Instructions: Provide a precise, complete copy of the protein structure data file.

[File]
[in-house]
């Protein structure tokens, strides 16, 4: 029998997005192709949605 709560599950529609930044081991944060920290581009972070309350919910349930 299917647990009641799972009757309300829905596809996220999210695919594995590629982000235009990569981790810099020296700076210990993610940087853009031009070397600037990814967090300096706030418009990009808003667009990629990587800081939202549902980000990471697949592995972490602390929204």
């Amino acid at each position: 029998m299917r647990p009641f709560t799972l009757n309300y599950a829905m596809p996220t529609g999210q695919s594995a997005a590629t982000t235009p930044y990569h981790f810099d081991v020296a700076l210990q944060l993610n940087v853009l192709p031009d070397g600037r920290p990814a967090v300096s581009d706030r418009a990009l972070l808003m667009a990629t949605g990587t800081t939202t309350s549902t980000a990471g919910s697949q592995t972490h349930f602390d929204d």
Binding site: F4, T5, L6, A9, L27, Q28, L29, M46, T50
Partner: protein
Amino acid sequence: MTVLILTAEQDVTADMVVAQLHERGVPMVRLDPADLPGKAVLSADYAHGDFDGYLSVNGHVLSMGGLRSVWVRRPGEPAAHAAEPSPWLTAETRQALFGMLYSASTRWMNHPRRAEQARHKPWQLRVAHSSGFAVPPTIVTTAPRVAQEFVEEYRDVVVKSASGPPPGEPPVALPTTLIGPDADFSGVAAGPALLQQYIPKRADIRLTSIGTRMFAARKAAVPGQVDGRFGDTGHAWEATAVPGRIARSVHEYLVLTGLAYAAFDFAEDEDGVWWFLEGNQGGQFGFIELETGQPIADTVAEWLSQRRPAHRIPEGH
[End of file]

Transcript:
[in-house]
């Protein structure tokens, strides 16, 4: 029998997005192709949605 709560599950529609930044081991944060920290581009972070309350919910349930 299917647990009641799972009757309300829905596809996220999210695919594995590629982000235009990569981790810099020296700076210990993610940087853009031009070397600037990814967090300096706030418009990009808003667009990629990587800081939202549902980000990471697949592995972490602390929204």
């Amino acid at each position: 029998m299917r647990p009641f709560t799972l009757n309300y599950a829905m596809p996220t529609g999210q695919s594995a997005a590629t982000t235009p930044y990569h981790f810099d081991v020296a700076l210990q944060l993610n940087v853009l192709p031009d070397g600037r920290p990814a967090v300096s581009d706030r418009a990009l972070l808003m667009a990629t949605g990587t800081t939202t309350s549902t980000a990471g919910s697949q592995t972490h349930f602390d929204d």
Binding site: F4, T5, L6, A9, L27, Q28, L29, M46, T50
Partner: protein
Amino acid sequence: MTVLILTAEQDVTADMVVAQLHERGVPMVRLDPADLPGKAVLSADYAHGDFDGYLSVNGHVLSMGGLRSVWVRRPGEPAAHAAEPSPWLTAETRQALFGMLYSASTRWMNHPRRAEQARHKPWQLRVAHSSGFAVPPTIVTTAPRVAQEFVEEYRDVVVKSASGPPPGEPPVALPTTLIGPDADFSGVAAGPALLQQYIPKRADIRLTSIGTRMFAARKAAVPGQVDGRFGDTGHAWEATAVPGRIARSVHEYLVLTGLAYAAFDFAEDEDGVWWFLEGNQGGQFGFIELETGQPIADTVAEWLSQRRPAHRIPEGH